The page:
By now, we all get it: Search engine optimization is really, really important. Like those who refused to buy cell phones until they were the last one standing (standing somewhere alone, where no one could reach them), even the most reluctant of small business owners are now realizing they can't just throw a website up and wait for customers to find them. Making an SEO effort is as necessary as the website itself.
The upside is that many people find SEO pretty fun. Look! You changed a few keywords and suddenly your website numbers jumped! And more sales came in! Ok, it’s not that easy but a few small changes can make a big difference.
What can you do to get more results?
The answer is 'everything.' As a small business owner you could spend all day every day updating your site, adding links, changing content, working with Adwords and doing a ton of other things. But while you’re doing that, who will service all of the customers coming in the door? Who knows? You're too busy working on your website.
SEO requires moderation. Not only are your time and your website's readability at stake, but it’s possible to over-optimize your site.
'At this year's South by Southwest festival, Google spokesperson Matt Cutts hinted that such a penalty would weed out sites that focus too much on SEO and too little on providing a quality experience for their users,' writes AJ Kumar for Entrepreneur.com's Daily Dose Blog. '[J]ust when you might feel like you're starting to get the hang of this SEO thing, it appears that search giant Google might start penalizing websites that are over-optimized.'
Don't let your optimization efforts go to waste. They key to balancing your time spent on SEO is moderating the time itself, as well as the content for readability.
How do you know which SEO techniques to concentrate on? According to Kelly Gillease of Search Engine Land, the secret is to follow the money.
'Spending your time focused on tasks that will directly drive revenue for the organization is job one,' she says. 'Routine search marketing efforts like adding new keywords or AdGroups and raising bids are core search marketing that drives revenue growth. Improving click-through rates and quality scores also drive better results and more revenue.”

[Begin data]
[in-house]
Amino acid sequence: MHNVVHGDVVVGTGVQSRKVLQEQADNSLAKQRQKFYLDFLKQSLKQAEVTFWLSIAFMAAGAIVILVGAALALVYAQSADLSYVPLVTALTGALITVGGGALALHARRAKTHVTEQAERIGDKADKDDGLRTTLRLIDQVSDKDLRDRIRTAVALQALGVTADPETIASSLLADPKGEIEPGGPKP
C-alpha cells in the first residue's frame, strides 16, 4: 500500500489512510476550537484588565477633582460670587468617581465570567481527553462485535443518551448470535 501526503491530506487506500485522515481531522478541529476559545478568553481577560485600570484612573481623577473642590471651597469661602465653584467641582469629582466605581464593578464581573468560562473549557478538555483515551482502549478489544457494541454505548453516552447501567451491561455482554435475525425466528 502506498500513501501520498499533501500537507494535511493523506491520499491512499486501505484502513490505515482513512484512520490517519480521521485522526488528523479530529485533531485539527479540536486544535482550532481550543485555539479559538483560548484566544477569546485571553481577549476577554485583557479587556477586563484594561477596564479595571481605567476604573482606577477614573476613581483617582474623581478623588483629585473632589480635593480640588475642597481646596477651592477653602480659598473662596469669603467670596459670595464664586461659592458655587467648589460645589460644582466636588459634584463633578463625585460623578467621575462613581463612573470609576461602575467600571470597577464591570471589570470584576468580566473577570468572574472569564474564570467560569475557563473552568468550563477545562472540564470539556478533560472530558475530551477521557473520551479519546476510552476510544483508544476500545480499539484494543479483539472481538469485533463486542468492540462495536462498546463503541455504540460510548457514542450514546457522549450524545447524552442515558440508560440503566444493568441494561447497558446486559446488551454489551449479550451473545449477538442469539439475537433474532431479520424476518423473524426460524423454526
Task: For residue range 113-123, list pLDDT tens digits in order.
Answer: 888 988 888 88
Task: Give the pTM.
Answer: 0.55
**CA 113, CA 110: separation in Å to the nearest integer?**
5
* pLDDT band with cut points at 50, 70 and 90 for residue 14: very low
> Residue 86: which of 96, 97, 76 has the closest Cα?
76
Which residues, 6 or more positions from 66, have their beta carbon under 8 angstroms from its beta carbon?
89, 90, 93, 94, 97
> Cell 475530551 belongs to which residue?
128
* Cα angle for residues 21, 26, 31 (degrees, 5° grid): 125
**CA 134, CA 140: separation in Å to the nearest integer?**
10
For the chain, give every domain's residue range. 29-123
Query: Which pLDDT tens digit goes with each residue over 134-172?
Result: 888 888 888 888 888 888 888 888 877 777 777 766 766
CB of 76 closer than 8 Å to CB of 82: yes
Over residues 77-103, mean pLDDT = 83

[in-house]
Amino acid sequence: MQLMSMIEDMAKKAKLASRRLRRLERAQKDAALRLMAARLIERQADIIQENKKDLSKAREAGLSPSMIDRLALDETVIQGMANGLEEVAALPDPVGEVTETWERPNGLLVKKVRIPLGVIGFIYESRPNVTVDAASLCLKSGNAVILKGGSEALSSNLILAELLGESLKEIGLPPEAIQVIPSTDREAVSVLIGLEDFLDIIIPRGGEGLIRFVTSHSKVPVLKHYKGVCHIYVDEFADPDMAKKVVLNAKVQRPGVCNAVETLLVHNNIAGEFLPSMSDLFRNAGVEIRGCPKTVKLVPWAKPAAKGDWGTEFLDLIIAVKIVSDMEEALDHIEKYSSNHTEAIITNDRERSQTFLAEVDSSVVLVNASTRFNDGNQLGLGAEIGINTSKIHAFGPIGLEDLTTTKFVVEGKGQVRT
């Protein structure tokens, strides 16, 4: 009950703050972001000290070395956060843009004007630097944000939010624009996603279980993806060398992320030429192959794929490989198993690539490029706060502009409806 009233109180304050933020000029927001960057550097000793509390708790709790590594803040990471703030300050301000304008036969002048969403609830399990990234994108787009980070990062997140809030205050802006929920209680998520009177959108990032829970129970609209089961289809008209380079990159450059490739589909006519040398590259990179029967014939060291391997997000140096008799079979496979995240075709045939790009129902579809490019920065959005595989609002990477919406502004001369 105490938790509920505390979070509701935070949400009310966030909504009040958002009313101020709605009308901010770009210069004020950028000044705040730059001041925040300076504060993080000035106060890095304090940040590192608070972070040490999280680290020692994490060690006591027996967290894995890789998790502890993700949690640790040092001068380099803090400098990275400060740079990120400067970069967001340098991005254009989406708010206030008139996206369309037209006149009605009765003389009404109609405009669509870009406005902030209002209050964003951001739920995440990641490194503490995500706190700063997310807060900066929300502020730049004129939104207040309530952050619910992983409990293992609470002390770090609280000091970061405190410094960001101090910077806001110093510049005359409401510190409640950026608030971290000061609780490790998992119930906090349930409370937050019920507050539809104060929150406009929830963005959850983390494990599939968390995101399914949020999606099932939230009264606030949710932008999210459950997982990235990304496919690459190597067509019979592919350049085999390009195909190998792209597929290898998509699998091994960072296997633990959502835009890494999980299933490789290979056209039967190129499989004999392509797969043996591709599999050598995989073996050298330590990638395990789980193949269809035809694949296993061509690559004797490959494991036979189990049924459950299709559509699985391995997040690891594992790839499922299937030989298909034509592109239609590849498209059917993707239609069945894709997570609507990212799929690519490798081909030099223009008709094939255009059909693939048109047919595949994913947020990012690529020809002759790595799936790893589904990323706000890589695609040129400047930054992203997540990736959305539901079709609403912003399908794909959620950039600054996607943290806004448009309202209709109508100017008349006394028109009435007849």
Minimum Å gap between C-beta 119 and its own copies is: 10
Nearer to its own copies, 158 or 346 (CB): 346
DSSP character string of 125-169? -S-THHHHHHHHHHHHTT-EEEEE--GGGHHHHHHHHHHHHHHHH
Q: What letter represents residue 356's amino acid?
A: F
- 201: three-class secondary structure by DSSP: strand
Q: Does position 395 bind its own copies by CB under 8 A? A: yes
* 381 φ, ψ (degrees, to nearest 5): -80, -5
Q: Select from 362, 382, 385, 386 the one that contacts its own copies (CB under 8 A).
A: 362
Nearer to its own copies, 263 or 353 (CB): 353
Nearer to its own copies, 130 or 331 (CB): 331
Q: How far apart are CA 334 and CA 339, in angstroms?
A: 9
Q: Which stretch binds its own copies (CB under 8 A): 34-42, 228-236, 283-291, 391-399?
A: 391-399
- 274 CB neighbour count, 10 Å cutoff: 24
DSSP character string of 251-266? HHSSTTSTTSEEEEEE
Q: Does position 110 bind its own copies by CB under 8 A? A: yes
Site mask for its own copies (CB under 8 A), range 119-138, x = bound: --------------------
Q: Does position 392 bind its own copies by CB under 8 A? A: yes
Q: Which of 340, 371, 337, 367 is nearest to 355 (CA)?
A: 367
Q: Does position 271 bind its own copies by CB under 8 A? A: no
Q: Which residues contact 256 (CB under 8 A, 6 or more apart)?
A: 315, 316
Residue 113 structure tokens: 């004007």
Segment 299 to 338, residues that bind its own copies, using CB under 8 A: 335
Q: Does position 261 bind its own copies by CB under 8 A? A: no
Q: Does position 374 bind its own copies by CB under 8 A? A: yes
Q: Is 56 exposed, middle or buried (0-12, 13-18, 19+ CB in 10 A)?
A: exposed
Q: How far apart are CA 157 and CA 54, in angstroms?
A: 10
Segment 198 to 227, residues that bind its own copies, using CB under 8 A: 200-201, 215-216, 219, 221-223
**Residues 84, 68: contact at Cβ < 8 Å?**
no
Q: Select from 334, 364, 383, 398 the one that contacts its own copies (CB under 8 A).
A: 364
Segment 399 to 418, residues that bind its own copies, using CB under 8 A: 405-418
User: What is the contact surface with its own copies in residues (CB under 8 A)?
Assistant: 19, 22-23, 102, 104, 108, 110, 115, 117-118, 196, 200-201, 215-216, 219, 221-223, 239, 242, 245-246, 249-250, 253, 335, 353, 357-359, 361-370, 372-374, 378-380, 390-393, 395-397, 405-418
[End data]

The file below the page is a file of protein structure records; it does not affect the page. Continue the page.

Gillease also recommends organic techniques like link building and improving page content to increase traffic as two front-line priorities for SEO.
Your headlines, or what you name the pages and articles on your website, can have a huge impact on how many readers find your content. But just because Google likes a headline, doesn't mean a human will.
As Jonathan Rick writes for Mashable Business, some sites are famous for crafting headlines for SEO, such as the infamous Huffington Post article titled “What Time Is the Super Bowl?”
'In protest,' says Rick, 'writers for publications such as The Washington Post, The New York Times, and The Atlantic each took turns slugging the SEO punching bag. The headlines describe their complaint: 'Gene Weingarten Column Mentions Lady Gaga.' 'This Boring Headline Is Written for Google.' 'Google Doesn’t Laugh: Saving Witty Headlines in the Age of SEO.'”
To avoid inhuman content -- both in headlines and in text — Rick recommends blending creativity with SEO.
'The idea is to craft headlines that are both self-explanatory and catchy,' he writes. Also, 'for those looking to wring every drop of SEO juice out of every article, there’s a fourth arrow in your quiver: the meta description. It is from here that Google often pulls the two-line 'snippet' displayed for each webpage.'
By its very nature the world of SEO is ever-changing. But by taking a balanced approach to process, you can still keep up without overdoing it.
Interested in learning more about SEO? Check out these great resources: